Reports 2019/31

Mobility among people with a trade or journeyman's certificate

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Strengthening the education of tradesmen, defined in this report as a person who has undergone vocational education and training documented with a trade- or journeyman’s certificate, has been a pronounced goal for the current Norwegian government. This commitment has been grounded in the claim that the counties need to educate more tradesmen to cover their own coming needs for qualified labour. This however, raises the question of to which degree tradesmen stay in the county where they undertook their education?

The purpose of the report Mobilitet blant personer med fag-/svennebrev is to present descriptive statistics that give an overview over where tradesmen work after finishing their education. An overview over mobility patterns will contribute to the knowledge base for dimensioning vocational education and training in the different counties. This is done by comparing where the tradesmen were when attaining their trade- or journeyman’s certificate and at the fourth quarter of 2017. The population is limited to tradesmen who were residents in Norway between the age of 19-35 years in 2017. The data is based on numbers from National education database (NUDB) and System for person data (SFP). The report has been compiled on mission from the Norwegian Committee on Skill Needs.

Sør-Trøndelag is the county with the largest share of sedentary tradesmen. 86 percent of those who attained their trade- or journeyman’s certificate in Sør-Trøndelag during the last 5 years were still in that county in 2017. Corresponding shares for those who attained their certificate there more than 10 years ago were 77 percent at the same point in time. Akershus, Oslo, Finnmark and Sør-Trøndelag stand out as counties that receive the most tradesmen from other counties. These counties hade respectively 22, 33, 17 and 8 percent more residing tradesmen in 2017 among those who attained their certificate more than ten years ago, than what they themselves had educated.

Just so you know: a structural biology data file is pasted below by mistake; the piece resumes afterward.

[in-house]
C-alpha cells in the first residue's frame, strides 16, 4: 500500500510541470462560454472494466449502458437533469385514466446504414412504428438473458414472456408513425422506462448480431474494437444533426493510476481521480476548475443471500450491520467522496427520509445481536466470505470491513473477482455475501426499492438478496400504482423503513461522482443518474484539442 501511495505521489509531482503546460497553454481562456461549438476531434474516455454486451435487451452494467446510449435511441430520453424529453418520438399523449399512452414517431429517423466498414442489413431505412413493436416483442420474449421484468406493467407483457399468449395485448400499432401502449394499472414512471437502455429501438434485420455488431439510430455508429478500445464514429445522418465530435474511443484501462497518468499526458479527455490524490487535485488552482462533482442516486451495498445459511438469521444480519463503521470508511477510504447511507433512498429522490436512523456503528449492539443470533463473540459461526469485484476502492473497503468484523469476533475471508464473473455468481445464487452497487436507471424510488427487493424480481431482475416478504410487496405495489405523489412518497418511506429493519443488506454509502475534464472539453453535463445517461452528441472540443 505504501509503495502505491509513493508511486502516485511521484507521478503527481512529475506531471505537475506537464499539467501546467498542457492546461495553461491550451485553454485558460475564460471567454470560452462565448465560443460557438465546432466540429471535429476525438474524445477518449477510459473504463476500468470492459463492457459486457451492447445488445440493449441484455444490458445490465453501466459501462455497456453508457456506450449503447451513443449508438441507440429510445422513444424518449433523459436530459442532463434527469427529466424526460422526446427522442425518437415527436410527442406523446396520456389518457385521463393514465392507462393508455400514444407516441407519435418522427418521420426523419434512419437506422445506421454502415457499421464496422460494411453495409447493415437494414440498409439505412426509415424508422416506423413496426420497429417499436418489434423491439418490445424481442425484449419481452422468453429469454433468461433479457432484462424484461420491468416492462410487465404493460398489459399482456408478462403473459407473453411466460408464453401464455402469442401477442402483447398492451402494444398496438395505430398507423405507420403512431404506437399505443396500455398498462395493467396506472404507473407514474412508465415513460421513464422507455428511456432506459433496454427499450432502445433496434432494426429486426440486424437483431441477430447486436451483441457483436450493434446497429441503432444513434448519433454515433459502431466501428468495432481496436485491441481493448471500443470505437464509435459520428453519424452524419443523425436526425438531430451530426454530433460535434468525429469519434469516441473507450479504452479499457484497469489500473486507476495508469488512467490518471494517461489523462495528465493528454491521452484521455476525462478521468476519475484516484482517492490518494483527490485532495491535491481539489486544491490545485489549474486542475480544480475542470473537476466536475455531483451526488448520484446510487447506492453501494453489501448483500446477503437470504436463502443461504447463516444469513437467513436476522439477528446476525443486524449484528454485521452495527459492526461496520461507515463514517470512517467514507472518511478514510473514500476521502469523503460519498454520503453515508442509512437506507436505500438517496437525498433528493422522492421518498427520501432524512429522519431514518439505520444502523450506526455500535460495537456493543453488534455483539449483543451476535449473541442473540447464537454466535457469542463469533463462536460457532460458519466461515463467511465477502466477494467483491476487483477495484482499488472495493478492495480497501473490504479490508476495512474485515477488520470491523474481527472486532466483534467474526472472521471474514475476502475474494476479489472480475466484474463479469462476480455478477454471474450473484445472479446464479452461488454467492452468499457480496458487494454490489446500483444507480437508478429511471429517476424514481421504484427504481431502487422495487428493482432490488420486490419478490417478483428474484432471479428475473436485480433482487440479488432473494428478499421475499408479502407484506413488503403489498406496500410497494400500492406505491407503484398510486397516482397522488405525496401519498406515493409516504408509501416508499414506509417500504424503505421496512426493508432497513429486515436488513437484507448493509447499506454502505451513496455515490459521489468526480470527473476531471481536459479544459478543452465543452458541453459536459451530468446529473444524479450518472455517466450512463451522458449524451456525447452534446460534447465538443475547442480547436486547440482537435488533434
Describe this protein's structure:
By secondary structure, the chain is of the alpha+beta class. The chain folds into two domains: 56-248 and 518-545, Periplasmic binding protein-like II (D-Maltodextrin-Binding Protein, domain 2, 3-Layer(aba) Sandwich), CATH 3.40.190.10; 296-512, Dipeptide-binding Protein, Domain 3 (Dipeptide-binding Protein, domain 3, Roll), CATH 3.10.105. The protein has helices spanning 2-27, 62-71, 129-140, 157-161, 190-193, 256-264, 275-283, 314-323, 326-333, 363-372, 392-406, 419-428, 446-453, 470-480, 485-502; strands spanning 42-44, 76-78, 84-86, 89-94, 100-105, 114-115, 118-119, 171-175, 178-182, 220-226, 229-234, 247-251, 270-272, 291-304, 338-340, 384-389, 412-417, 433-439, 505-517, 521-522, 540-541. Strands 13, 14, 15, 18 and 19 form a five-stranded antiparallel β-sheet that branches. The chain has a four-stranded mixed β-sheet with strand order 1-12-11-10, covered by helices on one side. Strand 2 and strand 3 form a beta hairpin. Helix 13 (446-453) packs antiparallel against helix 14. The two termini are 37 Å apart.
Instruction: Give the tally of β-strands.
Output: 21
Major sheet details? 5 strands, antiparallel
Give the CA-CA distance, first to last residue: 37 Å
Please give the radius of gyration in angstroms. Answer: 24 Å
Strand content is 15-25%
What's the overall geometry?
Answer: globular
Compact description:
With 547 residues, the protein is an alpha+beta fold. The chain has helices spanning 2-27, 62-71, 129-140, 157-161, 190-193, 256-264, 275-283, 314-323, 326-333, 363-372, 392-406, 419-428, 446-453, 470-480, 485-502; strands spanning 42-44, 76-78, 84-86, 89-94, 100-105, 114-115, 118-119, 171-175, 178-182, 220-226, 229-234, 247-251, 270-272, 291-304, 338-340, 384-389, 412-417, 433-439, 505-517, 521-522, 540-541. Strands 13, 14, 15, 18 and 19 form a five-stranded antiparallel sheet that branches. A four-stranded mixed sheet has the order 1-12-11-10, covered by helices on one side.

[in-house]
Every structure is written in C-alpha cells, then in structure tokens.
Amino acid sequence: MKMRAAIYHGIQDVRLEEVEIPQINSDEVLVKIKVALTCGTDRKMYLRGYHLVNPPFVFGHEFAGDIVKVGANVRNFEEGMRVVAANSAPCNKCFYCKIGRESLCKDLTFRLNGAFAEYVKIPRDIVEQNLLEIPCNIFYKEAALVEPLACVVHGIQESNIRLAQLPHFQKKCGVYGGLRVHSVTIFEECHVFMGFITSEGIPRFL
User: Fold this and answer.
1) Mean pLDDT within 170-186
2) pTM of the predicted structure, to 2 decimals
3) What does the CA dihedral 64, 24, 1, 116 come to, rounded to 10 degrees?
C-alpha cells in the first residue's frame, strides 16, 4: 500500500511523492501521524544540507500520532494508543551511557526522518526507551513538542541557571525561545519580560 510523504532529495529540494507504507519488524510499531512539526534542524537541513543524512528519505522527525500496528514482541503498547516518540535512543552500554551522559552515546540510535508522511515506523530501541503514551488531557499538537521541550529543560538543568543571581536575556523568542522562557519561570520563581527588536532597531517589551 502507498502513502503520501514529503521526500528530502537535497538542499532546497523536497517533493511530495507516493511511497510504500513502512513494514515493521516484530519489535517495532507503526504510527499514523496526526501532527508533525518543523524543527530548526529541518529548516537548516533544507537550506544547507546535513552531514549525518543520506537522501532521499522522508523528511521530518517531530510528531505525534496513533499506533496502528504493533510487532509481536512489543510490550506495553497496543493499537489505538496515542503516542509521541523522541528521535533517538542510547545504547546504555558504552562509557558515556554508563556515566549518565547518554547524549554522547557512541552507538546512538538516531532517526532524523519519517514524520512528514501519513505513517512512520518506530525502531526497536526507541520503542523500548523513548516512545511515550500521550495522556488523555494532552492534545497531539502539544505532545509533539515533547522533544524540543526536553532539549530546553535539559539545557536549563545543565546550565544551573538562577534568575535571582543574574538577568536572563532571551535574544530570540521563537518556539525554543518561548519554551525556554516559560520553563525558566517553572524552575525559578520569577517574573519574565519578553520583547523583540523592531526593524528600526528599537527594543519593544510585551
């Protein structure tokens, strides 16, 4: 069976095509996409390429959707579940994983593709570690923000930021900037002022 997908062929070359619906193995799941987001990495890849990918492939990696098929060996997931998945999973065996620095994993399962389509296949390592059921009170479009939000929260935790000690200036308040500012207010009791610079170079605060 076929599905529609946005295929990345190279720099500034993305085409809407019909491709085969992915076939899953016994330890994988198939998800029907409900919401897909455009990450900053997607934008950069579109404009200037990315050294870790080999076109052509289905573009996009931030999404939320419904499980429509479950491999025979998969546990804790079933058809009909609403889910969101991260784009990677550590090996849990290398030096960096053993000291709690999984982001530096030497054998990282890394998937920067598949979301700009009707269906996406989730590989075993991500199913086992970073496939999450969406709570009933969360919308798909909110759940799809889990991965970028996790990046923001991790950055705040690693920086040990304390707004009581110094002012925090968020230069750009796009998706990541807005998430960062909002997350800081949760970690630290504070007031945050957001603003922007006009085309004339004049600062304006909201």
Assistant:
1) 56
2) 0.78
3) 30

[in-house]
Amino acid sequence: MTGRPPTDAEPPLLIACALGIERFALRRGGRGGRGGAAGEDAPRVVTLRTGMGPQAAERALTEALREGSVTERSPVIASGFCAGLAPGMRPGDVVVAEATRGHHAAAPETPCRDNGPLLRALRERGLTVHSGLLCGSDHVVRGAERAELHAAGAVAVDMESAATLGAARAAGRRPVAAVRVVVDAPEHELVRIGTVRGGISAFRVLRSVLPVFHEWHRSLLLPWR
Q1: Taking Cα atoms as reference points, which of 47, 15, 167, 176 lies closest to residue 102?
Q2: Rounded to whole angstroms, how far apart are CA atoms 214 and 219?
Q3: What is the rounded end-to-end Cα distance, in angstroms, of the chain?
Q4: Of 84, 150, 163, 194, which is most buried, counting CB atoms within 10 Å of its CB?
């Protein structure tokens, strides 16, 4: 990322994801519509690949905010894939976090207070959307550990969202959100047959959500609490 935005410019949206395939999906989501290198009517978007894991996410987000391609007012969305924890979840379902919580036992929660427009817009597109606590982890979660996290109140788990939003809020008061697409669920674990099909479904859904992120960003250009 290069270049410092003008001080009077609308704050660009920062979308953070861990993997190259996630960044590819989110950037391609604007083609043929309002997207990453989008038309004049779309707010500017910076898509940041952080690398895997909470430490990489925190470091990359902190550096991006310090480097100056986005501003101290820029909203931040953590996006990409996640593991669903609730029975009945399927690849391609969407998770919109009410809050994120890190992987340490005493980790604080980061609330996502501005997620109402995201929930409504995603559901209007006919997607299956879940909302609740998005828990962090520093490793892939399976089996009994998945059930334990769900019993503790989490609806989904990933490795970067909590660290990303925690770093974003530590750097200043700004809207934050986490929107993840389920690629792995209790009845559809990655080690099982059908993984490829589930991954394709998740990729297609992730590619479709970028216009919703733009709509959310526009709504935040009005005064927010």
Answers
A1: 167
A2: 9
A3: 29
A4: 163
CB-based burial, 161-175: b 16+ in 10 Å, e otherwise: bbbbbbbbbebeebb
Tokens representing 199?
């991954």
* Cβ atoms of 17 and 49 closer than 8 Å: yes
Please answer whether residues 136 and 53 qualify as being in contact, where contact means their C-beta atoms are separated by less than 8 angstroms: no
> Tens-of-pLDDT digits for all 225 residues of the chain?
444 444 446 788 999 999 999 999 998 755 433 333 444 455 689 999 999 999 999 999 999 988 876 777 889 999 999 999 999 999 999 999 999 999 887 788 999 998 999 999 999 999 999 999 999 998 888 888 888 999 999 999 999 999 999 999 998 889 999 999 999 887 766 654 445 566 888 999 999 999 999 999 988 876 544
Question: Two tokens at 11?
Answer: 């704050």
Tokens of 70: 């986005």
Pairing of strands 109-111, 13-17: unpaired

As a consistent tendency we find that most tradesmen who leave the county that they took their training in move to one of the other counties in the same region. Thus, the differences in flow of tradesmen become smaller when we compare across regions rather than counties. Østlandet is the region that receives most tradesmen. The region had 7 percent more tradesmen that lived or worked there than was trained and educated in this region. Vestlandet and Nord-Norge is the two regions that gives away more tradesmen than they receive and are left with respectively 4 and 3 percent fewer tradesmen than they educated themselves.

Persons with a background in Natural Sciences, Vocational and Technical subjects constituted 67 per cent of the population covered in the report. Sogn og Fjordane was the county that gave the most tradesmen from this field to other counties. 11 percent less tradesmen with this background worked in Sogn og Fjordane than was educated here. Oslo for their part received the most in this field with 29 percent more that worked in the county than what this county educated themselves.

The report also looks closer at employees with over 50 percent of full-time employment. Women with a background in the field of health, welfare and sport had the highest share of sedentary tradesmen when grouped after vocational field and gender. 89 percent of these were employed in the county they took their education in. When grouped after class of occupation we find that the two most sedentary groups were the group containing farmers and fishermen and the craftsmen. In these groups respectively 82 and 81 percent attained their certificate in their county of employment. When the employees are grouped after industry many of the differences in mobility are lessened. Most industries have a share of sedentary employees between 75 and 80 percent.

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